In collaboration with Genomis Ltd UK
Fetalis®: in depth genomic analysis of severe fetal abnormalities
InterGenetics presents the newly developed Fetalis® test (see our recent scientific publication), which analyzes rapidly, through massive parallel sequencing (Next Generation Sequencing – NGS), the DNA of approximately 760 genes of the embryo.
These carefully selected genes are associated with many severe disorders and malformations, typically presenting with pathological ultrasound and other abnormal clinical findings in the developing fetus. A positive test result could provide valuable diagnostic information, which in turn may determine the course of the pregnancy and/or provide reproductive risks for future pregnancies.
The purpose of this prenatal genomic test is to determine in a timely manner (<14 days) whether abnormal ultrasonographic and other clinical findings in the fetus may be attributed to any one of >760 gene disorders, through the detection of known or obligatory pathogenic mutations, which typically may have arisen either de novo (dominant mutations) or inherited from carrier parents (recessive mutations).
About 50% of structural ultrasound abnormalities in the fetus are associated with gene mutations, which are not detectable and diagnosed through prenatal molecular karyotype-aCGH
Depending on the type of fetal abnormality, the findings from this genomic test may not be necessarily linked to decisions regarding the possible termination of the current pregnancy. However, a positive test result may uncover the precise underlying genetic cause-disease, which in many cases could prove extremely helpful in reaching a properly informed decision.
Furthermore, it is not uncommon that many pregnancies, with pathological fetal ultrasound findings, are terminated without being able to diagnose the underlying genetic cause, thus leading to uncertainty and serious parental anxiety regarding the possible reoccurrence of the abnormality in the future.
Therefore, application of the Fetalis® genomic test, following expert clinical genetic evaluation for each case, could provide the desirable diagnostic information and protect the couple’s future reproduction. The number of genes and the corresponding genetic disorders may be updated and expanded depending on new scientific knowledge.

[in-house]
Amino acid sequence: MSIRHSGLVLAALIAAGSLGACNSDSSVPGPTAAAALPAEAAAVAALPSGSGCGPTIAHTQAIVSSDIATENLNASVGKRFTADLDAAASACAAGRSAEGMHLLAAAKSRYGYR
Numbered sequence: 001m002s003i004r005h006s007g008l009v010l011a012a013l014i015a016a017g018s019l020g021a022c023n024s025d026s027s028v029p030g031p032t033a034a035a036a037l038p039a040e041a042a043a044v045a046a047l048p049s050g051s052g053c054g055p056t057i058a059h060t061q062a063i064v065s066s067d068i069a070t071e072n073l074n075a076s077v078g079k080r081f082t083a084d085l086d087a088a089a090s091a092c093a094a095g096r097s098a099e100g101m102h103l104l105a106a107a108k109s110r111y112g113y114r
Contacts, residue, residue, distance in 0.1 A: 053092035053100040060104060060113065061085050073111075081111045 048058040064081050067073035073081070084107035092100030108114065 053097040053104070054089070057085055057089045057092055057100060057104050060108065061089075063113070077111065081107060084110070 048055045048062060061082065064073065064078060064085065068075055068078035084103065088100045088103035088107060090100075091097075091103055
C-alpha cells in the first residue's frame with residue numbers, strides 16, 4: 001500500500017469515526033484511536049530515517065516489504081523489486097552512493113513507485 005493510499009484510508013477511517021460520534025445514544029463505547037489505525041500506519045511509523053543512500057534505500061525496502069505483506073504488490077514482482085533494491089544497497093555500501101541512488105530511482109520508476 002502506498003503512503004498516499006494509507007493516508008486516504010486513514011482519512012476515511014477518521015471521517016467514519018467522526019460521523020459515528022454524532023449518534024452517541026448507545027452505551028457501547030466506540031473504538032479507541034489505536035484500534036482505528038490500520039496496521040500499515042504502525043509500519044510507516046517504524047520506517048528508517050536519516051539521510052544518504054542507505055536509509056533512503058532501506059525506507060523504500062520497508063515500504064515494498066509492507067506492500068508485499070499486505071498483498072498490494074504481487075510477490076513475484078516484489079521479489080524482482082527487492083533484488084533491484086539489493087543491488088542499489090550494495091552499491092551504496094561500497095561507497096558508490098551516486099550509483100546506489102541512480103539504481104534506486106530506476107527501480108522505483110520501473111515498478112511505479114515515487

Testing requires prior personalized assessment and genetic counseling, through close collaboration between our team of medical geneticists, the attending obstetricians and the parents, in order to highlight the nature and limitations of the test, while the parents must also complete and sign the Consent Form. Positive findings and reproductive options are discussed in the context of a personalized genetic counseling session.
An important prerequisite is to have already excluded the possible presence of chromosomal abnormalities in the fetus, by prior testing through prenatal molecular karyotype-aCGH.
Testing requires a biological sample from the fetus (chorionic villi, amniotic fluid or a tissue sample from the abortus.
The sample is shipped to our laboratory where genomic DNA is extracted, followed by exome enrichment for the ~760 genes and massive parallel sequencing (Next Generation Sequencing – NGS) on an Ion Proton platform. Sequence reads are then aligned and mapped to the human genome reference sequence and all variants and putative mutations are prioritized through a proprietary in-house bioinformatics pipeline (Fetalis algorithm).
This test evaluates and reports only known or obligatory pathogenic mutations, which typically may have arisen either de novo (dominant mutations) or inherited from carrier parents (recessive mutations)
In cases with positive findings, the couple shall be notified that the results will be communicated through an obligatory (online) genetic counseling session.
The test is highly sensitive and complex, so it is necessary that the results are assessed by a specialized team of clinical and molecular geneticists, in order to ensure safe and reliable testing.
Proper clinical genetic assessment and genetic counseling, both before and after testing, is essential in order to determine the optimum testing strategy and also to communicate properly the concepts of pathological and normal.
Results are evaluated and reported based on current knowledge.
Analysis through the applied methodology may not necessarily detect all possible pathogenic mutations for each gene/disease.
Generally, analysis covers a large percentage (~95%) of mutations in exons-coding regions of the genes and may not detect mutations in non-coding regions/introns.
Therefore, a negative result does not exclude totally the presence of a pathogenic mutation in the fetus.
The test is executed in 3-4 weeks
InterGenetics is a Ion Torrent™ Certified Service Provider for Ion AmpliSeq sequencing on the Ion Proton platform.